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UBC Theses and Dissertations

Three species of orchard mites and their predators on apple trees in the southern Okanagan valley of British Columbia, and the effect of three insecticides on this complex Chant, Donald Alfred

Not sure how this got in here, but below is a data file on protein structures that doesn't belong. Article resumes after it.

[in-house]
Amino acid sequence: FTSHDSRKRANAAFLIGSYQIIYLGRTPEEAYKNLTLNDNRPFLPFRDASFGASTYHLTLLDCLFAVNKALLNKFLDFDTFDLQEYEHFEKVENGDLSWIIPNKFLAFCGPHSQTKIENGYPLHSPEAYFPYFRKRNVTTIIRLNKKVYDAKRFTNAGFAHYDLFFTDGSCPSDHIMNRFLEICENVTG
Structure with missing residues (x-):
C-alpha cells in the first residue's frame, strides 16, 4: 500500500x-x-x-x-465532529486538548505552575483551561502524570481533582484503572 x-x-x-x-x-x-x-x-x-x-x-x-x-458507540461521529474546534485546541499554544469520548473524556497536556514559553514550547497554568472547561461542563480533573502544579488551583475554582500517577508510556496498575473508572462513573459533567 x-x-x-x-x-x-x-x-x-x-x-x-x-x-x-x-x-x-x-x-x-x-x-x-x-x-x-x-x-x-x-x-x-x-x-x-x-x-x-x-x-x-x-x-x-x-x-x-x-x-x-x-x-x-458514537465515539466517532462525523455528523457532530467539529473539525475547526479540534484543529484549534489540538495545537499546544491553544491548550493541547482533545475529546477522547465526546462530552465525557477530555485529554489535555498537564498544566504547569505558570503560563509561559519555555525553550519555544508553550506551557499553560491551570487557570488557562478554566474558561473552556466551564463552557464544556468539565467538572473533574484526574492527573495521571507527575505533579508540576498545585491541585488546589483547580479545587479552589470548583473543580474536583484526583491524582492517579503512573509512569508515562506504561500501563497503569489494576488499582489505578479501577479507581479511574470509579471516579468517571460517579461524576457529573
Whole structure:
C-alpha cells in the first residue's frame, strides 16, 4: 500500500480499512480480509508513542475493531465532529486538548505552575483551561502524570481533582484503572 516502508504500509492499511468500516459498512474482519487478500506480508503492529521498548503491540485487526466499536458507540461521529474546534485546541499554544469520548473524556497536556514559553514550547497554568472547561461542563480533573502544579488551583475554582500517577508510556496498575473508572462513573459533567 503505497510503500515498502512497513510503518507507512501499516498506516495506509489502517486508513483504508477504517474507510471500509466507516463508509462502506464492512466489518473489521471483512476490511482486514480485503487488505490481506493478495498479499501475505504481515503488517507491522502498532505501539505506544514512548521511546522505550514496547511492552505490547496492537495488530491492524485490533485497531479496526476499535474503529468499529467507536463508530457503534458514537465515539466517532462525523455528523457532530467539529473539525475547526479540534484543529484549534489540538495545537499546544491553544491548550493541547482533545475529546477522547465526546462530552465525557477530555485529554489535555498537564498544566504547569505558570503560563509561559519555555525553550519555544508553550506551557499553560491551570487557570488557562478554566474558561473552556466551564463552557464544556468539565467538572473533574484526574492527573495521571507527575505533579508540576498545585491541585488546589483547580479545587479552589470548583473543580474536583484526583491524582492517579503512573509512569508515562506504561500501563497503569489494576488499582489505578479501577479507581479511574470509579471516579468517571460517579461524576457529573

The behaviour of the orchard mites Bryobia pretiosa (Koch) and Metatetranychus ulmi (Koch) and four species of predators was investigated both on unsprayed and on sprayed apple trees. On unsprayed trees the host mites were found to be most abundant on the east sides; no consistent directional preference was found for the predacious species. Small apple leaves supported the same number of M. ulmi per unit area as large leaves, but more mites of the genus Tetranychus. On unsprayed trees a negative correlation between the total number of predators and the number of host mites was recorded. In abandoned orchards the predators were capable of controlling the host mites and maintaining them at a level below that of economic significance. Each of the insecticides DDT, Parathion, and lead arsenate, was found to be very toxic to all species of predators recorded, and thus hindered or entirely prevented natural control of the host mites. In every instance lead arsenate and DDT produced an increase in the population of B. pretiosa, this effect being partially chemical and partially due to a lack of predators on the sprayed trees. Lead arsenate caused an increase in the population of M. ulmi whereas DDT reduced it to a slight extent. Under arid conditions Parathion caused an increase in the population of B.pretiosa; under less arid conditions the mite was eliminated. Parathion had no effect on M. ulmi in a commercial orchard while, in the same orchard, it caused a great increase in Tetranychus spp. The latter species were reduced by DDT in the commercial orchard.

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